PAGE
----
The student news site of Los Altos High School in Los Altos, California

The Talon

The student news site of Los Altos High School in Los Altos, California

The Talon

The student news site of Los Altos High School in Los Altos, California

The Talon

Class of 1974 Reunites, Reminisces

Every Senior Class wants to leave a legacy and say goodbye with a bang. The school’s class of ‘74 managed to do this with expertise during their year of glory, wreaking havoc with senior pranks and setting the bar high for future classes.

The class of ’74 had a reunion from 7 to 11 p.m. on Saturday, August 22. They met at the Los Altos History House to celebrate, reminisce and share laughs and memories.

“People were extremely successful and creative in their careers and what directions they have all gone,” said Shelly Bosmans Bowers, ‘74. “Cliques were gone, and everyone was talking.”

Although much time has passed, most of the alumni still recall their high school years clearly as a “pretty exciting time.”

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“Nixon resigned, the Vietnam War ended, the first gasoline ‘shortage’ happened,” said Jerry Manoukian, ‘74. “I didn’t think much about any of it [and was] more interested in what Led Zeppelin was doing. If I had to do it over, I might pay better attention.”

The days were also “carefree,” according to Brad Bishop, ‘74.

“Getting into a good college was much less competitive in 1974 compared to 2010, so there was less stress about which college you’d go to,” Bishop said.

While many members went on to make contributions to society, many admit that different things were on their mind 35 years ago.

The class pulled off many pranks, including the kidnapping of Bob’s Big Boy statue which was placed atop the cafeteria and the dinosaur atop the press box in the football field bleachers.

“A local hangout was the Bob’s Big Boy, similar to today’s hangouts like In-N-Out Burger,” Bishop said. “We borrowed the mascot, which was six feet high, and put it on top of the LAHS Cafeteria. It was quite a feat.”

According to Bishop, the Homecoming Parade floats were also exciting. Back in ‘74, there were about 15 to 20 floats entered into a schoolwide competition. The French Club’s float, which won first place, was in the shape of a huge glass of champagne (with a 5-foot diameter). Dry ice created bubbles and “smoke” that came out of the glass, which was held above the car with a huge hand. Written on the side of the car was the statement, “Toast our Jacques!”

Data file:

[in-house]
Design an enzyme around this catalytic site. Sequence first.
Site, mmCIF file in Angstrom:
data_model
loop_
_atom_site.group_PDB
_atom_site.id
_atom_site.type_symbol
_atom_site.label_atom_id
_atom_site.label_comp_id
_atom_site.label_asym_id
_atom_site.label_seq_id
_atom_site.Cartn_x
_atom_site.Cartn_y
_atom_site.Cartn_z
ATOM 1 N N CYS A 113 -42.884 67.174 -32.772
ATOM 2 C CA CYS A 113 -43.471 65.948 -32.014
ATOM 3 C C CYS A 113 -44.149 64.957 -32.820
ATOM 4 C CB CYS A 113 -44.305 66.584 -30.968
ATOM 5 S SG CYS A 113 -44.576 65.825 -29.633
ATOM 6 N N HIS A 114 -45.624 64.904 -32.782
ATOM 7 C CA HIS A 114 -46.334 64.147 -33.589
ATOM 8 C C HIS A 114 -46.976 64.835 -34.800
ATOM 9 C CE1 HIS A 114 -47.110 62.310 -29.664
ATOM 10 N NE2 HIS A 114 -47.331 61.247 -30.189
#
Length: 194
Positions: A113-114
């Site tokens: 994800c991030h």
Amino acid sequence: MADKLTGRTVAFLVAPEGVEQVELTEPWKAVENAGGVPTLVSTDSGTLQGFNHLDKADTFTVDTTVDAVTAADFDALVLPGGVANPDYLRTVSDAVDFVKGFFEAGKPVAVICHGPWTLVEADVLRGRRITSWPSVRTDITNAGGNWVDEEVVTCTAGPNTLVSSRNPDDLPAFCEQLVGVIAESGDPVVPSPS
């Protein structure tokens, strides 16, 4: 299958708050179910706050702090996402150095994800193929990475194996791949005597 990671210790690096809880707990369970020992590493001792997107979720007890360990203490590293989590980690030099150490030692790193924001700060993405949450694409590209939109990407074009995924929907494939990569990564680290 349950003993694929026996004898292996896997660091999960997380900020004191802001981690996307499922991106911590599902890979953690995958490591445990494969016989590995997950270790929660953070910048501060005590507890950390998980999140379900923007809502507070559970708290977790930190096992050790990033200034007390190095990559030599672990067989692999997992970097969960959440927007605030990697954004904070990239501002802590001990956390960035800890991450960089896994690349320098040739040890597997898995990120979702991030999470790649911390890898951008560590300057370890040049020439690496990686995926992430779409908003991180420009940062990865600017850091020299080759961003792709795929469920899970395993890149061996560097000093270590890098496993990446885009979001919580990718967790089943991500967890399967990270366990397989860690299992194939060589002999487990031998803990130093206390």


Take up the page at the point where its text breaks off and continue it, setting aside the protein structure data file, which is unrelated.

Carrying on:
During graduation, the class was serenaded by bubbles and streakers who ran across the baseball field.

“Our graduation was a blast,” Bowers said. “The guy I walked with brought a portable TV so we were watching Star Trek during graduation. TVs were not so small back then. He had it under his gown. There was a metal wire going from the press box across the field to the other bleachers, and a clown on a bike was pedaling across all the graduates in the middle of the ceremony.”

But it was not only the pranks and senior year activities that were exciting: Day-to-day events are now treasured as fond memories.

“There are lots of snippets: the physics lectures, Andy Browne’s biology classes, the coaches,” Manoukian said. “Most of all it was the classmates, the quick encounters, three seconds of belly laughs or heart-to-heart talks that replay at odd times in the memory like an old TV commercial.”

Though the class of ‘74 abounded with pranksters, they were not only distinctive in that respect.

“We had the dinosaur and the streakers, but we also had some real thinkers, leaders,” Manoukian said.

Many of his classmates agree that their class managed to find a balance between fun and success. Jim Gaughran is now the Executive Producer of NBC Bay Area News, and John Bialy is the Marketing Manager of multiple businesses.

“We had so many students that were intelligent and thought outside of the box,” Bowers said. “We didn’t really damage anything, just moved things around. We had so many people that did not follow but led and tried to make a difference then and are still making a difference now.”

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